Monday, June 3, 2013

Non-Fiction Monday: Revolutionary Friends: General George Washington and the Marquis de Lafayette


by Selene Castrovilla. 40 p. Boyds Mills Press, April, 2013. 9781590788806. (Finished copy courtesy of publisher in exchange for a review.)

In July of 1777, the Marquis de Lafayette arrived in America with the express hope of meeting General George Washington and aiding the patriots' cause. He was nineteen, left his own king against orders, paid his own way to America and suffered for "fifty-four stomach-wrenching days at sea," where he brushed up on his English.

When at last he found himself in the same room as the general, he had to overcome prejudice against the previous French advisors. Still, France was a powerful ally, so Washington invited Lafayette to stay with him. Unfortunately, Washington could not get Congress to approve a commission for Lafayette even though the young soldier was eager to prove his mettle.

The two grew close. So much so that when Lafayette was injured in battle, Washington instructed the doctor to take care of him as if he were his own son.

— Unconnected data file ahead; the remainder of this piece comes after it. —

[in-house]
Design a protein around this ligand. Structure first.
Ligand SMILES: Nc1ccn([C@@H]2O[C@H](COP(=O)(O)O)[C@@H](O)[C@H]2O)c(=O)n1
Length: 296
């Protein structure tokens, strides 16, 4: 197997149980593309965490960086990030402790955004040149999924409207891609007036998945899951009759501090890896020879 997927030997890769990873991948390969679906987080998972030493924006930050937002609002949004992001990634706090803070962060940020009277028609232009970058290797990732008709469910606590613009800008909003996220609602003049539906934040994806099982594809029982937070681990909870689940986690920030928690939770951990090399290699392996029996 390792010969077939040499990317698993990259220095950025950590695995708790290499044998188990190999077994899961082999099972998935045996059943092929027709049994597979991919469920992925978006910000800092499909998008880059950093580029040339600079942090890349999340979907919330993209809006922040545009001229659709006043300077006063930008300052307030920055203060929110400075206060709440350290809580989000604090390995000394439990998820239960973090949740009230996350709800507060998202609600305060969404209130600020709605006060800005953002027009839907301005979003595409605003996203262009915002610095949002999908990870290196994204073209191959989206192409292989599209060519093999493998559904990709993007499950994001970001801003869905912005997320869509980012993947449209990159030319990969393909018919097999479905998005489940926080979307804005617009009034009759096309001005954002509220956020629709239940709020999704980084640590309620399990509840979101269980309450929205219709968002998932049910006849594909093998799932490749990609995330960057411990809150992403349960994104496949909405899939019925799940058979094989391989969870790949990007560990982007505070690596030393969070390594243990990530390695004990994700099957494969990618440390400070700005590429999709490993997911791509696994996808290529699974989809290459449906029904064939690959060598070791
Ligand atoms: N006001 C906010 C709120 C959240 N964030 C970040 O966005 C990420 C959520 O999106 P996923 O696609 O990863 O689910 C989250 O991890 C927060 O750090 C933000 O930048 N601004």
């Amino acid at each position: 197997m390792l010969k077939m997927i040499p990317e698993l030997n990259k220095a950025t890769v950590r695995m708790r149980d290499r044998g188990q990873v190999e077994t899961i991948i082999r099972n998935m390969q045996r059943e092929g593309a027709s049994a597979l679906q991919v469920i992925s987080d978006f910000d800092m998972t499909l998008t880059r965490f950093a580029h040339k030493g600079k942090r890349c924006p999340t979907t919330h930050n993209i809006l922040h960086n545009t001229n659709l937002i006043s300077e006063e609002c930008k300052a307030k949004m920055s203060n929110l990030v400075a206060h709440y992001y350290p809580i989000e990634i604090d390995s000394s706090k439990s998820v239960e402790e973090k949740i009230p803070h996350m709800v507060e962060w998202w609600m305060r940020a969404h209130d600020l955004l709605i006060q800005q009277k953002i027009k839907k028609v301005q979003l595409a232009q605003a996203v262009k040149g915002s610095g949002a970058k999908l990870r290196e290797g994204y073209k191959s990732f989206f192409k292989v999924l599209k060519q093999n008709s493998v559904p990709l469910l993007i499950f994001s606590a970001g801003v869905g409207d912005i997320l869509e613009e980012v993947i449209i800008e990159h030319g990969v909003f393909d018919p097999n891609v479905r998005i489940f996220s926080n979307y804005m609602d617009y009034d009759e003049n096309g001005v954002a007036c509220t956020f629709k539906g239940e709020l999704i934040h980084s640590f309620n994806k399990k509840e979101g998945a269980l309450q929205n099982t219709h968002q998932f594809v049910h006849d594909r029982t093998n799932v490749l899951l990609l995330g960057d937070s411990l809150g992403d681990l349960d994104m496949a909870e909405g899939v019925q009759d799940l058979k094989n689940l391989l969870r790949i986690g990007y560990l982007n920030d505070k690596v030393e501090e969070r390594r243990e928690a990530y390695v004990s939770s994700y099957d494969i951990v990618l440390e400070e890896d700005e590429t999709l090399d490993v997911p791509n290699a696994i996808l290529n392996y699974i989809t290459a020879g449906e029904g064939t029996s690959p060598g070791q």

Then, the format abruptly changes from leisurely picture book to almost an afterword, with three pages of text and spot art. This is followed by a four page timeline, pages with suggestions for places to visit and books to read and a short glossary of the French phrases that are liberally sprinkled throughout the text. The final page features a pair of portraits of the two gentlemen that hang in the U.S. House of Representatives. The folk art rendering of them bear little resemblance to the portraits. The illustrations are curiously flat. 

I'm a huge fan of picture books in the middle school social studies classes and had high hopes for this one. It's obviously meticulously researched and nearly every page features a text box in the shape of a parchment featuring a quote by Lafayette from letters home. It's almost too laden with detail to provide an impressionistic zing. Still, in the hands of a gifted teacher such as the one that teaches grade seven social studies at my school...

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